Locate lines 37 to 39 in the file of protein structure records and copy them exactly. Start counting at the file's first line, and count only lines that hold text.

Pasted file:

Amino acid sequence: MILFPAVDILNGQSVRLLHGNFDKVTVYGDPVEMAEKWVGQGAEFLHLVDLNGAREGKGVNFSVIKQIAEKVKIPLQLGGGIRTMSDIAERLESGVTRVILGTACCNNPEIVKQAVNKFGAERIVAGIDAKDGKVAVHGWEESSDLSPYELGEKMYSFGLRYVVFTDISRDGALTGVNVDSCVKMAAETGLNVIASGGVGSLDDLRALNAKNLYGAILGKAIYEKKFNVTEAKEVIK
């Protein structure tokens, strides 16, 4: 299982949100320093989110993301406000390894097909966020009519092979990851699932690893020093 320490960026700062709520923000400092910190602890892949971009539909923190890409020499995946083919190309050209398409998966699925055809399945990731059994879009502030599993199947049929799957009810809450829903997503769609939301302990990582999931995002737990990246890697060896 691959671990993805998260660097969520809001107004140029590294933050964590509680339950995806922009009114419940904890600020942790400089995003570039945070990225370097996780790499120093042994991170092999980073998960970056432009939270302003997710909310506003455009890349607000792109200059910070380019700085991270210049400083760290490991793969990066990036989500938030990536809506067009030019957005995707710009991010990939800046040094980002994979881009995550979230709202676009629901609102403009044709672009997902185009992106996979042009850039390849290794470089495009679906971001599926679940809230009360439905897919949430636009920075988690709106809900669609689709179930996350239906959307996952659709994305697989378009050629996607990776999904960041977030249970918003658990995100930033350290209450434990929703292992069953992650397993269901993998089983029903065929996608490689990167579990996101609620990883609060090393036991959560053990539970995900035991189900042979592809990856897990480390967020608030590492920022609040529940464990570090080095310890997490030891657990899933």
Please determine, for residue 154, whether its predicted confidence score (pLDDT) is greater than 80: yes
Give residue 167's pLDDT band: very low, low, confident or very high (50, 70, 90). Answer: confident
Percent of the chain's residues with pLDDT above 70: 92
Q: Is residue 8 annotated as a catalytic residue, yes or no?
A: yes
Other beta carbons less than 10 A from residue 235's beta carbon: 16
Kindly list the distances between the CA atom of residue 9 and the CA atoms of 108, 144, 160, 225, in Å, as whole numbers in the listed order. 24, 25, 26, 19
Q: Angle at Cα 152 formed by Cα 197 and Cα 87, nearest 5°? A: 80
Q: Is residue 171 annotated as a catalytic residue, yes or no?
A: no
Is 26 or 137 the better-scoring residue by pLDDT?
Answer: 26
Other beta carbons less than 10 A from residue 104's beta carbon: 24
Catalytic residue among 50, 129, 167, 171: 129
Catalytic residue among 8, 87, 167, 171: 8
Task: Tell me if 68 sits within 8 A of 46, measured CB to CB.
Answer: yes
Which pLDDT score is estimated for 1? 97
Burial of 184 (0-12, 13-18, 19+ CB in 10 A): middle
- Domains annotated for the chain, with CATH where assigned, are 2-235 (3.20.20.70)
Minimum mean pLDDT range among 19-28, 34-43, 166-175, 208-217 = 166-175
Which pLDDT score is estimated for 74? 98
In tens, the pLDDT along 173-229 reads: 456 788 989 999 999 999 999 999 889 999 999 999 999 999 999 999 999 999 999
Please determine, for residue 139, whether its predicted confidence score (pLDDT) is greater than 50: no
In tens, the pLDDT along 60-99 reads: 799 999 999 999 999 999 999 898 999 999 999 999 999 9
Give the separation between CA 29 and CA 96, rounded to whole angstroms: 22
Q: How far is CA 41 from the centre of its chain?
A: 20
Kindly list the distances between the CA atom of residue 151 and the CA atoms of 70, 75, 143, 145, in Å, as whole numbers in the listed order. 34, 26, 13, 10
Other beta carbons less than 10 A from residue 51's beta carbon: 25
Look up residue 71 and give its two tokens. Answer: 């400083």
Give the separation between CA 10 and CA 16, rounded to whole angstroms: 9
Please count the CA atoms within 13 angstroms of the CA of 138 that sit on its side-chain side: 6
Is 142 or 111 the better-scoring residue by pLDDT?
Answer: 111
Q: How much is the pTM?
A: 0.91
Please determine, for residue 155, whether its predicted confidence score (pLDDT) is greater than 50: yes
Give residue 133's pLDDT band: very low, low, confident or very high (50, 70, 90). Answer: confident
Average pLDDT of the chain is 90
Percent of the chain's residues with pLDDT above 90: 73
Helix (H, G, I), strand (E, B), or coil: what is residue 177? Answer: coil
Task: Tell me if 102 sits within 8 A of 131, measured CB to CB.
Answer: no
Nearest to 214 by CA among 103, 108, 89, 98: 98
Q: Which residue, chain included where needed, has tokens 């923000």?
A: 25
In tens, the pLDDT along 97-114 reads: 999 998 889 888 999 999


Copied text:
Answer: 111
Q: How much is the pTM?
A: 0.91